Sundays have become the day we take Francisco on an "adventure walk" which might be to the river, or to the pioneer cemetery, or down some ranch road. Although he is on leash, he loves to flush deer and other critters from the brush.
This week it was quite an adventure for us all. We came upon a beautiful fox trapped in a deadly snare fighting for its life. This is likely the same fox who keeps our field mice population in check that was sighted in our pumpkin patch this summer by our farm sitter.
Foxes mostly eat rodents, beetles, berries, and occasionally birds. They are not predators of cattle, so there was no sense to this trap. We raise chickens and have not lost any to the fox or other predators, only to our own dogs. Out of compassion we returned with various snipping implements to free him.
A snare is like a small braided metal noose with a Chinese torture device attached--the more the animal struggles, the tighter the noose becomes, unable to release the tension. Fortunately this fellow caught it in his mouth and was not exactly choking to death but he was frantically trying to chew through it and cutting up his mouth.
We could not find any of our umpteen pairs of gloves. The snare was so tight our long armed loppers were useless, and might have done more damage than the snare. Time was running out, so I just grabbed him and instead of fighting he just relaxed in my arms so that the tin snips could do their work. My first thought was he would instantly bound away, but he just laid in my arms and nuzzled his snoot into my coat.
He willingly got in the car with us, and I took him into our infamous guest bathroom, which has been a recovery ward for many animals, both domestic and wild. He let me feed him electrolyte solution with an eye dropper, and clean the blood out of his mouth. I checked him all over to make sure he didn't have any other injuries. His stomach gurgled and he let out a belch that smelled like road kill. Then he gave a sigh just like my dogs do, and fell asleep in my arms.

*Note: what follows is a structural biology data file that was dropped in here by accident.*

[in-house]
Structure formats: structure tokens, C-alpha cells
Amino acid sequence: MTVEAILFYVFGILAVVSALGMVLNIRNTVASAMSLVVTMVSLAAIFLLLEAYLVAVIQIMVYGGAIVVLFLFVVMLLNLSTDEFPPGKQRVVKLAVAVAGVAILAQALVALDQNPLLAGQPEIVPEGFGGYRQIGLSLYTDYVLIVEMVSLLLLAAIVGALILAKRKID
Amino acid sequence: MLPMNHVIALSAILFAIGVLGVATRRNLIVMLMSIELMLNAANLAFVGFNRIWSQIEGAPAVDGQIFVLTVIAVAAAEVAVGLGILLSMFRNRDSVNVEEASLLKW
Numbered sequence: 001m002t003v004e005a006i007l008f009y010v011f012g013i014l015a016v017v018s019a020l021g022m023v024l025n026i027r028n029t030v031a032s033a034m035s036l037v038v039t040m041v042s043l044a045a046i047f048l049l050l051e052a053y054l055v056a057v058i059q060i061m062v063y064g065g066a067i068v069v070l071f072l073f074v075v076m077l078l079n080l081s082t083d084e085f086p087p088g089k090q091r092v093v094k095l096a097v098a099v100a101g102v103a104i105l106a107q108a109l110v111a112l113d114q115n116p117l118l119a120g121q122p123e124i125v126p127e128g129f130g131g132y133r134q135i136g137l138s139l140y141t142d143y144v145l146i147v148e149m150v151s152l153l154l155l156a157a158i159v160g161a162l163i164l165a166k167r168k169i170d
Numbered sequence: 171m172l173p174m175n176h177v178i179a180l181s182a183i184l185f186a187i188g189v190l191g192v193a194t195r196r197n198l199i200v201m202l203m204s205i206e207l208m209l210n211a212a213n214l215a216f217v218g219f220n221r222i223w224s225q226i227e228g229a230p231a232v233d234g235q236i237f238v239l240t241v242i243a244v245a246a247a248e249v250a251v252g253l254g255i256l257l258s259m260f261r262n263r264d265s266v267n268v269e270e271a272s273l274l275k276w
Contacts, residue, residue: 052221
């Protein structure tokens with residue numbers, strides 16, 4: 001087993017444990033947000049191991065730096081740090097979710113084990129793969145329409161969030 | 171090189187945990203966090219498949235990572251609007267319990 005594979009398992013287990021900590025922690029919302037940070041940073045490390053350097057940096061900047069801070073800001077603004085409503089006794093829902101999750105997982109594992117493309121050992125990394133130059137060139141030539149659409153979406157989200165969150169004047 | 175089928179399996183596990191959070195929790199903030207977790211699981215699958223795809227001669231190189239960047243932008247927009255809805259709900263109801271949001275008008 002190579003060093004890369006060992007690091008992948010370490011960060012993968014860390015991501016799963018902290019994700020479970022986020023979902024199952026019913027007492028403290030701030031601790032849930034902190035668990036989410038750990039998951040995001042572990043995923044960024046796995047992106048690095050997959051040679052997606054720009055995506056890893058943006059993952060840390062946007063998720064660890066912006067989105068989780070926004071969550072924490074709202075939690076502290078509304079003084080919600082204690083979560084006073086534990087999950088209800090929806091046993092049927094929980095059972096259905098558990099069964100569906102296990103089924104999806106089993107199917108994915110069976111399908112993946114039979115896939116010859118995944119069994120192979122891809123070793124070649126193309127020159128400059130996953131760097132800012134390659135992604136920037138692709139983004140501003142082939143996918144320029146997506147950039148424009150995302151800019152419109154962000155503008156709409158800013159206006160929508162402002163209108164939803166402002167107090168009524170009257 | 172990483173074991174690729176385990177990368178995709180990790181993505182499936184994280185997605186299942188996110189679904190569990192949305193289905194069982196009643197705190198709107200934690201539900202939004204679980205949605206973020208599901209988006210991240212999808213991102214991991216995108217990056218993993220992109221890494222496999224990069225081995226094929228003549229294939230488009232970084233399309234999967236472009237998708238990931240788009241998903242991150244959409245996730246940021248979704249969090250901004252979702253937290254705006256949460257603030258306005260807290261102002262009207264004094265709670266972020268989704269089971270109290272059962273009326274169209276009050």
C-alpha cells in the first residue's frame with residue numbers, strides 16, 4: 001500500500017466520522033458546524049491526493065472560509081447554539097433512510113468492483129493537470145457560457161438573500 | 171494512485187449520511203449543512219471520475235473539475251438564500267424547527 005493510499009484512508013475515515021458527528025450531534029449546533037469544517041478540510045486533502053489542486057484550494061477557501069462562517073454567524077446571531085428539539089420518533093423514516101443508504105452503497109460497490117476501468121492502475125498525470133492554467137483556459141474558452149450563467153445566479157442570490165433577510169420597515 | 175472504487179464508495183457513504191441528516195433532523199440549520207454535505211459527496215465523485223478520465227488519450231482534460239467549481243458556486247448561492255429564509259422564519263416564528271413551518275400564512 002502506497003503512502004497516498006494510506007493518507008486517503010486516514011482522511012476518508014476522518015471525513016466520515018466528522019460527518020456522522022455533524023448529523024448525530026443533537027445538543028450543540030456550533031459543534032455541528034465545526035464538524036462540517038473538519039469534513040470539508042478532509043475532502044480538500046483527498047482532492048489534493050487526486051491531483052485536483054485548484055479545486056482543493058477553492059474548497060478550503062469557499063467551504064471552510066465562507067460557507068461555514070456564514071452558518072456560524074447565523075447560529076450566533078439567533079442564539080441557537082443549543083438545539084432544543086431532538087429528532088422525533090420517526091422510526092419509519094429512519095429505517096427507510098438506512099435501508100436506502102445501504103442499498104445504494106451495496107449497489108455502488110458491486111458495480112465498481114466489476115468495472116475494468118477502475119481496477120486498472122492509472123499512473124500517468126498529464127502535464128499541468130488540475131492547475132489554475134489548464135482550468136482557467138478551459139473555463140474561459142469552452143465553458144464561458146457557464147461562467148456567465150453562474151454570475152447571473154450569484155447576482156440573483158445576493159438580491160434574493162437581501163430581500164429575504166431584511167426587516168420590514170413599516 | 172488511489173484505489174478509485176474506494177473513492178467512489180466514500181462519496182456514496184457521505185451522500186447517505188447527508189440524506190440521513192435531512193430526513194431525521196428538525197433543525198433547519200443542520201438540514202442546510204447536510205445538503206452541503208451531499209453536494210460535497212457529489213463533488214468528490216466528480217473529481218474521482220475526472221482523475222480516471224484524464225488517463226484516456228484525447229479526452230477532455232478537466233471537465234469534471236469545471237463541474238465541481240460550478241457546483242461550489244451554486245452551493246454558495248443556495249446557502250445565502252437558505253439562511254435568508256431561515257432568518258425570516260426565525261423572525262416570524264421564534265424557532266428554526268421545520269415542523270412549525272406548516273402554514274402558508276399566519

I petted and massaged him for half an hour, then transferred him to a pet carrier. I checked him every half hour and petted him through the grill. After about four hours of rest I knew he was better when he gave me a wild look of defiance, as to say "Oh, yeah, now I remember, I'm a fox!" So we loaded him up and released him in a large protected natural area. He took off in the direction of our place, so maybe we'll see him again.
Monday I was at the veterinarians getting shots for a couple of our dogs, and on hearing my story the vet said "Well, at least you didn't get bit" and then I admitted I did. You see, the last time I reached in to pet him, he tapped my thumb. It happened so quickly at first I didn't realize it until I saw blood coming from the teeth marks above my thumbnail. "It was just a little bite". Then I learned foxes are one of the high risk rabies carriers in our area. I hadn't thought about that. He recommended I go immediately to my doctor. I told him I'd be OK and would take my chances. He said "It's been nice knowing you".
I went to my doctor who sent me to the State Department of Health, where I learned all about rabies, how the shots had to be dispensed within 72 hours (it had already been 24) and the exorbitant cost of the vaccine--$1,400 not including my doctor's fee to administer them. I called my insurance company whose rep told me the health department was not "in-network" yet could not direct me to an in-network provider.
My husband took the news well and was supportive of my dilemma. After all, he wasn't exactly a bystander in all this. He had just spent the day building a new greenhouse door, and was grappling with the fact it was upside down and inside out from what he'd planned and was going to have to rip it apart and re-do it. His mistake only cost $14 and a half day of work. (He finished it today and it's fabulous!) He is so wonderfully understanding.
Researching Texas rabies statistics online, it appeared every one in four fox bites turned out to be rabid. That's a 25% chance on 100% fatality. My homesteading friends encouraged me to get them. Tuesday I picked up the vials, signing the Human Rabies Biologicals Payment Agreement and Surveillance Report, and headed over to my doctor's. The nurses prepared a bouquet of syringes. I got two shots of Human Rabies Immune Globulin in the top of my thumb (@#%&!), and the rest of that in two shots in the same arm. Then, six shots of Rabavert divided between my two shoulders. I left with cotton wads taped to both shoulders looking like I'd had wings amputated.
I go back tomorrow for another round of shots, and three more times this month. The good news is I ought to be covered another 30 years for rabies so if you amortize it the cost doesn't sound so bad. Hey, we might even get to itemize medical expenditures for once on our taxes. Knowing me I will find another occasion to stick my thumb into a wild creature's mouth. (We have since purchased many new pairs of gloves).
Watching the fox bound away was entirely worth it.